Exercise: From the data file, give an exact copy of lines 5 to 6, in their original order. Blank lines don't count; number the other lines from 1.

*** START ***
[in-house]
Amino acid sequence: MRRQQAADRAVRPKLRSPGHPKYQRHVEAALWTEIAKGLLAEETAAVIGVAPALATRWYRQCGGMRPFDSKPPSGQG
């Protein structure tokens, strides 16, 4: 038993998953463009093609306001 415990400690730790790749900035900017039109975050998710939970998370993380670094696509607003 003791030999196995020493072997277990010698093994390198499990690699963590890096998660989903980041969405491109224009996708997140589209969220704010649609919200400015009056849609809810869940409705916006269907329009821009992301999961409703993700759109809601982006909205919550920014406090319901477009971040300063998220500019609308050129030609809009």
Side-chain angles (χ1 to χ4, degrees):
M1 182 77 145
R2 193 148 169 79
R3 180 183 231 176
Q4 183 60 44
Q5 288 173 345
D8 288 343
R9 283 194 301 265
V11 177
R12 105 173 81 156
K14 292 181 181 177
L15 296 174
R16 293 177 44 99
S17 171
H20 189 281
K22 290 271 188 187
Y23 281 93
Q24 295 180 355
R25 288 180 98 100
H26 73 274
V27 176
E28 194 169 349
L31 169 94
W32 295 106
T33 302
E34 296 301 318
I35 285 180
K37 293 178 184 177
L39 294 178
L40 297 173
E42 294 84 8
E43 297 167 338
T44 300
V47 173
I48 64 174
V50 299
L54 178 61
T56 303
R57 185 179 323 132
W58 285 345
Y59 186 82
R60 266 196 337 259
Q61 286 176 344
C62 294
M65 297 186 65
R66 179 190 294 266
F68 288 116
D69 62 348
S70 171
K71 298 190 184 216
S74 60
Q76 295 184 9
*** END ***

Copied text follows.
M1 182 77 145
R2 193 148 169 79